Animal Kingdom Savannah Grasses

Kennon-Green & Co. Fiduciary Financial Advisor, Wealth Management, Global Value Investing

Leaving for Safari

We'll be spending most of the day in the Animal Kingdom park, which is the largest African wildlife preserve in North America. I'm going all white with polarized sunglasses because it is between 90 and 100 degrees Fahrenheit.

If ever there were a time for a khaki hunting suit from Brooks Brothers, a silver engraved Fratelli Rizzini gun, and an interesting title such as “Colonel” or “Judge”, today would be it.  We are going to take the in-park Safari tour of the African wildlife preserve that the Disney company put together with the United States National Forest & Wildlife Agency.

I’m looking forward to the experience because, as many of you know, one of the five focuses of The Kennon & Green Foundation is wildlife preservation and the avoidance of species extension.  Mankind has essentially found itself as the dominant life form on a veritable paradise rich in both resources and biodiversity.  I consider is profound moral evil to permit the extinction of genetic assets.  

Furthermore, it is in our interest to do so.  By looking to millions of years of nature at work, we can better understand superior engineering techniques and materials (e.g,. the strength of spider silk), organizational theory (e.g., the starfish versus the spider), adhesive chemicals (flies climbing windows), aerospace technology (flight of various birds), energy efficiency (e.g,. shark’s bodies are covered in dermal denticles called placoid scales that “reduce frictional resistance” allowing swift movement through water with reduced metabolic expenditure), space travel (e.g., bionics professor Ingo Rchenberg discovered the cyclist spider in the Sahara dessert that, when frightened, cartwheels away, doubling its speed; this has been used as a model for the “Saltomobil”, a prototype spacecraft that doesn’t require any wheels or chains to move), and much more.  

Tree of Life at Disney Animal Kingdom

The entire Disney Animal Kingdom is built around an enormous "Tree of LIfe" that features carvings of animals in its trunk.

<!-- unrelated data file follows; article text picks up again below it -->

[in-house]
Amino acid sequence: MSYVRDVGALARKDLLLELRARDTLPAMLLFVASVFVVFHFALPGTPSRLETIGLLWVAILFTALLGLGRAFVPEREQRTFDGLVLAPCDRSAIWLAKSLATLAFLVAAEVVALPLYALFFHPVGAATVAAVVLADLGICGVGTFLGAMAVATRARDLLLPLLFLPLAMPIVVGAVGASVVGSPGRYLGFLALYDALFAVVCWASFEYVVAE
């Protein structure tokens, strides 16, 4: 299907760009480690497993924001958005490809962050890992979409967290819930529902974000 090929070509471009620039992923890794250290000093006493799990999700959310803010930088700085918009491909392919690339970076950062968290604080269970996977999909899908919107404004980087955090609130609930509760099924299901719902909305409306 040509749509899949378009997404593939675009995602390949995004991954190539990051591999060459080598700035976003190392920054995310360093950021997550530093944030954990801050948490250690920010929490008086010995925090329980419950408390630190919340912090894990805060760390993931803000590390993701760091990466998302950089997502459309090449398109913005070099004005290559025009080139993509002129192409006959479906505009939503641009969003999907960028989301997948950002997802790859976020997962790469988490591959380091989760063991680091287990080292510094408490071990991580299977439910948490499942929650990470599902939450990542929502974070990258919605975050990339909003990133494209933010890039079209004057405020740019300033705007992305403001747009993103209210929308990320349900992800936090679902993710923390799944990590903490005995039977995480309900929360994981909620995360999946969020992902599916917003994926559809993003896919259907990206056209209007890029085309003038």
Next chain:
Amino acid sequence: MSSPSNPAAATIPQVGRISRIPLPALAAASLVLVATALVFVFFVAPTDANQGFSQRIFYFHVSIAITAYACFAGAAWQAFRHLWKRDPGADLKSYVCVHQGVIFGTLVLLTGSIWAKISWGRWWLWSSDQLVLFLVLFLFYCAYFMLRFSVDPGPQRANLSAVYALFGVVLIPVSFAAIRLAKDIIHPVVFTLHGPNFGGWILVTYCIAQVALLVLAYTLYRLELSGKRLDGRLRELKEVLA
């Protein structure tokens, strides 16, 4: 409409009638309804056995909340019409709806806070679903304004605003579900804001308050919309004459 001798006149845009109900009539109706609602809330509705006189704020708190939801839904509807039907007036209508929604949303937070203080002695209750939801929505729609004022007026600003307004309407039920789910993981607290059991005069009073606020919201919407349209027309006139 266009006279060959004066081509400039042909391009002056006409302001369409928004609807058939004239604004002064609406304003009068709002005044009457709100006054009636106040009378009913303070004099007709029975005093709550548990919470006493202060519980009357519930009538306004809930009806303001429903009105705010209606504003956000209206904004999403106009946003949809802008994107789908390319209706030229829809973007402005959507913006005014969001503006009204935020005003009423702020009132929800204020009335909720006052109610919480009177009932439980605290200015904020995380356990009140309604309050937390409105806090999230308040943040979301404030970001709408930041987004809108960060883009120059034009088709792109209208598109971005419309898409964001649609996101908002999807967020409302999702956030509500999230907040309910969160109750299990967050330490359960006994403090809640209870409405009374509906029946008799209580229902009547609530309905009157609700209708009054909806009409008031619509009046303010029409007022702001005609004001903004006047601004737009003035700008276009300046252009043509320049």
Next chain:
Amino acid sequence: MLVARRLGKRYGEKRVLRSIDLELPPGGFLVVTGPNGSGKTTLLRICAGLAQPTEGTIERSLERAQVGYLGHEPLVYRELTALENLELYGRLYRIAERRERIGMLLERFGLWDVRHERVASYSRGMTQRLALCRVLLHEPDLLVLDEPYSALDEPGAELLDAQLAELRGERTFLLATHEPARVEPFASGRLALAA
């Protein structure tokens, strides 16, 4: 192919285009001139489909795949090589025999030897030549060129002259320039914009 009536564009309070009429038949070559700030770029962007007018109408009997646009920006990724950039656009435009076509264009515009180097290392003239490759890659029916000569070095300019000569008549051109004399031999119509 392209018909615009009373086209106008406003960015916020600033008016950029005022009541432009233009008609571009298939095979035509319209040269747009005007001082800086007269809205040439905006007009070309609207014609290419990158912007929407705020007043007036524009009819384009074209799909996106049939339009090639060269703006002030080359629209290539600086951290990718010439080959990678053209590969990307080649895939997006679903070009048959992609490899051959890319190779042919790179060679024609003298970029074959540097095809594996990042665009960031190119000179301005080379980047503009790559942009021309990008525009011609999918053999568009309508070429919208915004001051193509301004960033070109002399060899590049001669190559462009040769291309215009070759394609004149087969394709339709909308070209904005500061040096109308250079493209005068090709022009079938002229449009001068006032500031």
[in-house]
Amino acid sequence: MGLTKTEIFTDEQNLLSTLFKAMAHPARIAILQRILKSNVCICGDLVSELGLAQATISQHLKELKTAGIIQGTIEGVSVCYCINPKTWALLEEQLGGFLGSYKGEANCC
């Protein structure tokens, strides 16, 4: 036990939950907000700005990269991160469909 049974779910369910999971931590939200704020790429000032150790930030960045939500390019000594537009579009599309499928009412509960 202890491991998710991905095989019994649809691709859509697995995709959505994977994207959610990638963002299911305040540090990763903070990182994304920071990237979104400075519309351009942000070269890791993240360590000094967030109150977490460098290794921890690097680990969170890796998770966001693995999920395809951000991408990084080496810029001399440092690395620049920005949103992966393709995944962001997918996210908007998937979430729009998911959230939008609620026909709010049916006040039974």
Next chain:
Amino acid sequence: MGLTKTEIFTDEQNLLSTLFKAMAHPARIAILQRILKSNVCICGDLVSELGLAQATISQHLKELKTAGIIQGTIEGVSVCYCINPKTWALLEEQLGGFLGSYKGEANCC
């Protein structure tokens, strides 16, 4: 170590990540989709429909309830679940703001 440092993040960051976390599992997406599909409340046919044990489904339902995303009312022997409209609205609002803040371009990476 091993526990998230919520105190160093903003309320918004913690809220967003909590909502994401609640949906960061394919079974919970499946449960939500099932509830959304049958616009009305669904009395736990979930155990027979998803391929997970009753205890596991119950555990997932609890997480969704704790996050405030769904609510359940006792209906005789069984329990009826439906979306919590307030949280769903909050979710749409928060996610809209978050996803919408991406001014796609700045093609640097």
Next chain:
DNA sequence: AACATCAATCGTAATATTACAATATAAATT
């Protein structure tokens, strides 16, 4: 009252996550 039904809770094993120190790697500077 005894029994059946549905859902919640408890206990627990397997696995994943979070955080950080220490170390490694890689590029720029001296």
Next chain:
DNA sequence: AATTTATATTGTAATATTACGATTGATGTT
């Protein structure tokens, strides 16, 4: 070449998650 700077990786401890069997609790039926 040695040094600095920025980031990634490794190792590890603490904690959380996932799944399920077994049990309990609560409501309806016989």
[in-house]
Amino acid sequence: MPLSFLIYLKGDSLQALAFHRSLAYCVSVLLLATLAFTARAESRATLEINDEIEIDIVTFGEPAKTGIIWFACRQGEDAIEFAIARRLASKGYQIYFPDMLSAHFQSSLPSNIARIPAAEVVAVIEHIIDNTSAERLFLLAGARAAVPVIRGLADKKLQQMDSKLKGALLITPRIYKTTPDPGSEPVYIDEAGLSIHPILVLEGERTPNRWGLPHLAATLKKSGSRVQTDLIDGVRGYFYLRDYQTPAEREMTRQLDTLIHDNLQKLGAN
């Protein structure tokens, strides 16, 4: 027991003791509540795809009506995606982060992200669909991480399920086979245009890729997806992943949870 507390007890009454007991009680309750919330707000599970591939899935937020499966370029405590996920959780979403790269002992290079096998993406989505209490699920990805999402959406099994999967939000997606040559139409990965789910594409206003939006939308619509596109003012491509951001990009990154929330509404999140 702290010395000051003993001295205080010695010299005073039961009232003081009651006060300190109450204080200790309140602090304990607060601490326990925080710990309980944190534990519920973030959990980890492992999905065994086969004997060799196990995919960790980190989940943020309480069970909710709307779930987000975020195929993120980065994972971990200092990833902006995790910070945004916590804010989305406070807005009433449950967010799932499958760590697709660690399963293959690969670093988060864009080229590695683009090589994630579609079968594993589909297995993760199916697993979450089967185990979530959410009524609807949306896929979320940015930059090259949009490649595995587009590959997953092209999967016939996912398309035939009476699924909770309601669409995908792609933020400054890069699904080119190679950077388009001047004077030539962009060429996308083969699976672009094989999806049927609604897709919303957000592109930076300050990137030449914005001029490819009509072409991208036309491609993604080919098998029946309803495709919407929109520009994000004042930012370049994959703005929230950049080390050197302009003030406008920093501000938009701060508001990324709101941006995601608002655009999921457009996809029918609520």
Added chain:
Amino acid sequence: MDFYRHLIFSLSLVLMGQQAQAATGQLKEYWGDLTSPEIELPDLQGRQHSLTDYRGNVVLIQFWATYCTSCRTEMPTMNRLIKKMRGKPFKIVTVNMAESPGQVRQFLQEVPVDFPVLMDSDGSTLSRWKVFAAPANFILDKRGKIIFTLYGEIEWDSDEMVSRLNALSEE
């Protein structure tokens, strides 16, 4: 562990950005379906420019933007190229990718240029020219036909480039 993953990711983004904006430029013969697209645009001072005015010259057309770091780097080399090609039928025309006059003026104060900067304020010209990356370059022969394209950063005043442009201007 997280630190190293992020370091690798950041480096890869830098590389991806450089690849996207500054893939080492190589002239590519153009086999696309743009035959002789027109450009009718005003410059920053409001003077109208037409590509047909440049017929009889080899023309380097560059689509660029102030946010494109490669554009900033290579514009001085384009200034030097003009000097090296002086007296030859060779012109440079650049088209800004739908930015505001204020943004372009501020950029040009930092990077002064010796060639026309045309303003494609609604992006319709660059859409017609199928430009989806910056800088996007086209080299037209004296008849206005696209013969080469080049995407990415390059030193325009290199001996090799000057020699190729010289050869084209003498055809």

Mt Everest at Disney Animal Kingdom

The Mt. Everest roller coaster at Disney Animal Kingdom provides a great backdrop, as well as a fun ride. Despite my usual aversion to roller coasters, I have a general rule: I will almost always ride one if there is a Yeti involved.

Bird Island at Disney Animal Kingdom Wildlife Preserve

The tour began with a view of birds on an island surrounded by hippos, which were walking on the bottom of the lake. Hippos are vicious and will kill men by essentially chewing them to death. They are incredibly territorial. Never, never go near hippos in the wild. They are vicious and brutal.

Bird on Knees

This is some weird bird that snaps is legs in half and rests on its knees! Look closely and you'll see.

Animal Kingdom Savannah Grasses

The wildlife preserve at Animal Kingdom replicated the savannah grasses of Africa that serve as the migratory highways of a big part of the world's animals.

Baobab - The Upside Down Tree

A Baobab, or upside down tree, has a legend attached to it: When God planted it, the tree kept walking so God pull it up and replanted it upside down to keep it from going anywhere. Some scientists believe the trees can live to be more than 2,000 years old but it is difficult to tell due to the lack of growth rings. The tree can exist without leaves for 9 or 10 months of the year.



Lioness on Rock

A lioness resting on a rock ...

Cut Off By a Rhino

A rhino decided he would start walking toward the road and almost cut us off ... we would have had to wait for it to move, no matter how long it took.

Elephants at Disney Animal Kingdom

When we passed the elephants, at one point a mother elephant was wrapped trunk-in-trunk with her baby and teaching it different skills. It was awesome to see.

Ostrich at Disney Animal Kingdom Safari

An ostrich can run up to 40 miles per hour. They had these enormous nests of eggs laid randomly throughout the wildlife reserve.

Flamingo Island at Disney Animal Kingdom

When it is born, a flamingo is grey but by eating shrimp, their bodies absorb certain nutrients that transform their feathers to pink.

Rare Animal at Disney Animal Kingdom

This animal - I don't recall the species name - is endangered. There are only 500 or so on the planet, and you're looking at 5, or 1% of the global population, in this picture.

Giant African Fish

I liked the giant African fish at the Animal Kingdom wildlife preserve. It hung out and watched the people as much as we watched it - and it's eye movements looked more intelligent. That may sound weird, but it looked as if he or she were actually looking around and processing what was going on in the room.

Tigers at Animal Kingdom

The tiger area, in a different part of the Animal Kingdom reserve, was the coolest enclosure. If I had been an animal, I would have wanted to have the tiger's home. They had this really awesome waterfall that isn't shown here ...

Macaw at Disney Animal Kingdom

The Macaw were just out in the open in the Animal Kingdom, sitting in their tree as a squirrel tried to steal their food and evade them. I voted for team mammal and wanted the squirrel to win (which it did).

It’s brutal out here today but being in the shade helps.  We’re going to see if we can get into our lunch reservation early to get out the heat.